Advanced Search
MyIDEAS: Login to save this paper or follow this series

Re-election Concerns and the Failure of Plea Bargaining

Contents:

Author Info

  • Siddhartha Bandyopadhyay
  • Bryan C McCannon

Abstract

A new explanation for the failure of plea bargaining is provided. It is shown that a retention agent (i.e. median voter) can use convictions at trial as a signal of the quality of a prosecutor. This encourages a public prosecutor to take cases to trial even when both social welfare and her utility (absent the retention motivatiOn) from plea bargaining is higher.

Download Info

If you experience problems downloading a file, check if you have the proper application to view it first. In case of further problems read the IDEAS help page. Note that these files are not on the IDEAS site. Please be patient as the files may be large.
File URL: ftp://ftp.bham.ac.uk/pub/RePEc/pdf/1028.pdf
Download Restriction: no

Bibliographic Info

Paper provided by Department of Economics, University of Birmingham in its series Discussion Papers with number 10-28.

as in new window
Length: 12 pages
Date of creation: Oct 2010
Date of revision:
Handle: RePEc:bir:birmec:10-28

Contact details of provider:
Postal: Edgbaston, Birmingham, B15 2TT
Web page: http://www.economics.bham.ac.uk
More information through EDIRC

Related research

Keywords: plea bargaining; prosecutor evaluation; signaling;

Find related papers by JEL classification:

This paper has been announced in the following NEP Reports:

References

References listed on IDEAS
Please report citation or reference errors to , or , if you are the registered author of the cited work, log in to your RePEc Author Service profile, click on "citations" and make appropriate adjustments.:
as in new window
  1. Philippe Delacote & Lydie Ancelot, 2009. "Prosecutor and lawyers in plea bargaining with complete information," Working Papers 30422, Institut National de la Recherche Agronomique, France.
  2. William M. Landes, 1974. "An Economic Analysis of the Courts," NBER Chapters, in: Essays in the Economics of Crime and Punishment, pages 164-214 National Bureau of Economic Research, Inc.
  3. Kobayashi, Bruce H. & Lott, John Jr., 1992. "Low-probability-high-penalty enforcement strategies and the efficient operation of the plea-bargaining system," International Review of Law and Economics, Elsevier, vol. 12(1), pages 69-77, March.
  4. Eric Rasmusen & Manu Raghav & Mark Ramseyer, 2009. "Convictions versus Conviction Rates: The Prosecutor's Choice," American Law and Economics Review, Oxford University Press, vol. 11(1), pages 47-78.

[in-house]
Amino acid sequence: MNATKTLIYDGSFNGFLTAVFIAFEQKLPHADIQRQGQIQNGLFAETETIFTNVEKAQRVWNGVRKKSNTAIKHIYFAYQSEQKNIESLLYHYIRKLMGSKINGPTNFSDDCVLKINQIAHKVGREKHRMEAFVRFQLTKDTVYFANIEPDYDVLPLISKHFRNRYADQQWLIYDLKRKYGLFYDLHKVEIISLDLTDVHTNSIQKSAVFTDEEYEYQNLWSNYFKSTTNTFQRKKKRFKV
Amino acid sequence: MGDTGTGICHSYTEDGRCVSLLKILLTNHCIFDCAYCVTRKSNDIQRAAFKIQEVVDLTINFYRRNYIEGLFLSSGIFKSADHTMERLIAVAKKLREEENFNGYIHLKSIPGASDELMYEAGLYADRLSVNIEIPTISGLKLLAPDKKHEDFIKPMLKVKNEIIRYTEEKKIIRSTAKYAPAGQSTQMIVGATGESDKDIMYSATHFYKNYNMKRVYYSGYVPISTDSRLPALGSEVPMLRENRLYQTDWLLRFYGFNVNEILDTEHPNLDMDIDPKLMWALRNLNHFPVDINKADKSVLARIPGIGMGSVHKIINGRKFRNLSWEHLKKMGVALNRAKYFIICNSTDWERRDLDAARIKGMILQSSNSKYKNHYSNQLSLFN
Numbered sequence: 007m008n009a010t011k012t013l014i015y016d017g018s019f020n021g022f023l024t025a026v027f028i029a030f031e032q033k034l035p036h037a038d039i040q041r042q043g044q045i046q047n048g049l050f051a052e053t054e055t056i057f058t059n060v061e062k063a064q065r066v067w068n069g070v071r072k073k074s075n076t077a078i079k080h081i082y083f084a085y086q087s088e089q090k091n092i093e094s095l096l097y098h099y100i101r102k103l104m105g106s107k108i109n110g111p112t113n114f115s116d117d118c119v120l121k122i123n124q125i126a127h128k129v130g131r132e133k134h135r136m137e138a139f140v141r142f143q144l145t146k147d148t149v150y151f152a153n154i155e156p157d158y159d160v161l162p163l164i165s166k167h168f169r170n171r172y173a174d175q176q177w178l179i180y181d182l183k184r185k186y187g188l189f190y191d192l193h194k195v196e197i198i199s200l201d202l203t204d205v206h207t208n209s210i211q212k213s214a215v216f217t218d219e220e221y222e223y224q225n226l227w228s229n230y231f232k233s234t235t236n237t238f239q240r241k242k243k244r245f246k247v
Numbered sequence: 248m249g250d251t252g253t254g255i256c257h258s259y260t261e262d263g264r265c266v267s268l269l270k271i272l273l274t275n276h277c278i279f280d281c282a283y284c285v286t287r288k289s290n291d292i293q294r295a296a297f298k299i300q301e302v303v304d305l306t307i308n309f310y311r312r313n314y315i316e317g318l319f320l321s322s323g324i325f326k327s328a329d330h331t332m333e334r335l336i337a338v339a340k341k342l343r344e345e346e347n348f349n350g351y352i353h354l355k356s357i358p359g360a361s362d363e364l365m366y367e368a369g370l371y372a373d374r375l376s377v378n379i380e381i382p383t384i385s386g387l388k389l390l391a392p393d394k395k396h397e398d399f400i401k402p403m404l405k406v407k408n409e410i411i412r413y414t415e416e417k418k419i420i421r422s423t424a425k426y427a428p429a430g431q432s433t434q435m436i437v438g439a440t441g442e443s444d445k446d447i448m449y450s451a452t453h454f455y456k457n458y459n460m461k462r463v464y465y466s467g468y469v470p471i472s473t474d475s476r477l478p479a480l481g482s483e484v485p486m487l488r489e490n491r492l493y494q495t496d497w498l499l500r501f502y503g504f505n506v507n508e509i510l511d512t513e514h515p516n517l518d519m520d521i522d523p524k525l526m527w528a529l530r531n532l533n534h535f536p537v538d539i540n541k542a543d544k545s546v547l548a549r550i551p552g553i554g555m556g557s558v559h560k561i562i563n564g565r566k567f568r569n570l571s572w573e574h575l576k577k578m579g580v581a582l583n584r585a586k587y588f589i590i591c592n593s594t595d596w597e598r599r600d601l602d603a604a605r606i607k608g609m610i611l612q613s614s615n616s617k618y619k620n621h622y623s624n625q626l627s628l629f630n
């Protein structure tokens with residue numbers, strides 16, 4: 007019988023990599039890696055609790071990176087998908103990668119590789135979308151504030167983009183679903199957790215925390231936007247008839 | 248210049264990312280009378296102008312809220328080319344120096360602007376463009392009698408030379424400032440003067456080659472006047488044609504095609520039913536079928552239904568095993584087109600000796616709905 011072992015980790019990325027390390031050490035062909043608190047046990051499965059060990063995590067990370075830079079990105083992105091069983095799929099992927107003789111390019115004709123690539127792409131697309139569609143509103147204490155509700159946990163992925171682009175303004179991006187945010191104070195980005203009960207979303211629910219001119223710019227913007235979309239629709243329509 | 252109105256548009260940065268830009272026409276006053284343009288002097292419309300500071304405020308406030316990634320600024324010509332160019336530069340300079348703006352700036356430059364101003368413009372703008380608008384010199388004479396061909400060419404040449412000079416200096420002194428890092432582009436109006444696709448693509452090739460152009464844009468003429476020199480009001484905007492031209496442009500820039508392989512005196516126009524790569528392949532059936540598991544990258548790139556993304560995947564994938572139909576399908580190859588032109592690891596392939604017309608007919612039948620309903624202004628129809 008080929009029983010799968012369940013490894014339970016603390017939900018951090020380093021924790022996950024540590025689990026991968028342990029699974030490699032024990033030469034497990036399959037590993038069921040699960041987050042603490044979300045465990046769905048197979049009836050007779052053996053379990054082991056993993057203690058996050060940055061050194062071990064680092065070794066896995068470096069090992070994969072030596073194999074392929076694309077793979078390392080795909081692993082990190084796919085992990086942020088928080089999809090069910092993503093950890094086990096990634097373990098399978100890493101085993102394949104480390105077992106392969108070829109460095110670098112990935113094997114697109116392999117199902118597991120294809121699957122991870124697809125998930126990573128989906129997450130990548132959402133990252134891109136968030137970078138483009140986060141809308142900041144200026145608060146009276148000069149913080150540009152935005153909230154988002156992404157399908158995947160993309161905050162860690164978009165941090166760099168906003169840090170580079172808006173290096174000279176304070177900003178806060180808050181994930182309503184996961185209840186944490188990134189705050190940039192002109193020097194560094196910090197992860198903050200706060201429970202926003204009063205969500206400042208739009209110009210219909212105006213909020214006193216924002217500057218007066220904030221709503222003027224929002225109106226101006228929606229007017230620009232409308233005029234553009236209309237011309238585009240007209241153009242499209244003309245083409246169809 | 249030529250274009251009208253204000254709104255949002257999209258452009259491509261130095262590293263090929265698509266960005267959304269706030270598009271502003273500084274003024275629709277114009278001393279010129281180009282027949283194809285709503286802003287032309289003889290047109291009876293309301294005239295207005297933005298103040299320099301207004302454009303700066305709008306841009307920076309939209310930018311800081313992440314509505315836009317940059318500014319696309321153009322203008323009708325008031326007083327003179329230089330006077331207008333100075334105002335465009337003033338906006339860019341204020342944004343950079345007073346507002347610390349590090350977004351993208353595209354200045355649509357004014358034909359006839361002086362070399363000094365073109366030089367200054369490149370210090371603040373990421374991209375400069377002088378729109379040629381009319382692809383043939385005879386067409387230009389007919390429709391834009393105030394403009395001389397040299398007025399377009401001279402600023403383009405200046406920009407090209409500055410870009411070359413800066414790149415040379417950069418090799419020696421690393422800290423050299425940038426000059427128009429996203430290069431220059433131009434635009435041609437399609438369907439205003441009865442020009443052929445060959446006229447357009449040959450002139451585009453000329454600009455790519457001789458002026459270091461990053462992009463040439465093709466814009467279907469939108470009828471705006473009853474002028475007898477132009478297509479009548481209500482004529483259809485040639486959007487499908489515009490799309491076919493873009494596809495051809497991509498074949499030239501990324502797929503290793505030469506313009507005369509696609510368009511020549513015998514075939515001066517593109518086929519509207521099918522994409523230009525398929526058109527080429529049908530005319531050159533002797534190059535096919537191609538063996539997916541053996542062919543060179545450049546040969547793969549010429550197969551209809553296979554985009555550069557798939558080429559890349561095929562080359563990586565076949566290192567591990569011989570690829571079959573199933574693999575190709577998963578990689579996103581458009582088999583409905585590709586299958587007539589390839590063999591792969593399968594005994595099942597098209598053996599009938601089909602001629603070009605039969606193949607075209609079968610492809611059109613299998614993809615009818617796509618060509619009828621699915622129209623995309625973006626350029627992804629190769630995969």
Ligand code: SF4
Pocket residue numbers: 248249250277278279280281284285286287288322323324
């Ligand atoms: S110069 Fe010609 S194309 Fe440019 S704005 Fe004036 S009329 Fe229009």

5. Lucian Arye Bebchuk, 1984. "Litigation and Settlement under Imperfect Information," RAND Journal of Economics, The RAND Corporation, vol. 15(3), pages 404-415, Autumn.
  6. Siddhartha Bandyopadhyay & Bryan C McCannon, 2011. "The Effect of the Election of Prosecutors on Criminal Trials," Discussion Papers 11-08, Department of Economics, University of Birmingham.
  7. Baker, Scott & Mezzetti, Claudio, 2001. "Prosecutorial Resources, Plea Bargaining, and the Decision to Go to Trial," Journal of Law, Economics and Organization, Oxford University Press, vol. 17(1), pages 149-67, April.
  8. Bjerk, David, 2008. "On the role of plea bargaining and the distribution of sentences in the absence of judicial system frictions," International Review of Law and Economics, Elsevier, vol. 28(1), pages 1-7, March.
  9. David Bjerk, 2007. "Guilt Shall Not Escape or Innocence Suffer? The Limits of Plea Bargaining When Defendant Guilt is Uncertain," American Law and Economics Review, Oxford University Press, vol. 9(2), pages 305-329.
Full references (including those not matched with items on IDEAS)

Citations

Lists

This item is not listed on Wikipedia, on a reading list or among the top items on IDEAS.

Statistics

Access and download statistics

Corrections

When requesting a correction, please mention this item's handle: RePEc:bir:birmec:10-28. See general information about how to correct material in RePEc.

For technical questions regarding this item, or to correct its authors, title, abstract, bibliographic or download information, contact: (Colin Rowat).

If you have authored this item and are not yet registered with RePEc, we encourage you to do it here. This allows to link your profile to this item. It also allows you to accept potential citations to this item that we are uncertain about.

If references are entirely missing, you can add them using this form.

If the full references list an item that is present in RePEc, but the system did not link to it, you can help with this form.

If you know of missing items citing this one, you can help us creating those links by adding the relevant references in the same way as above, for each refering item. If you are a registered author of this item, you may also want to check the "citations" tab in your profile, as there may be some citations waiting for confirmation.

Please note that corrections may take a couple of weeks to filter through the various RePEc services.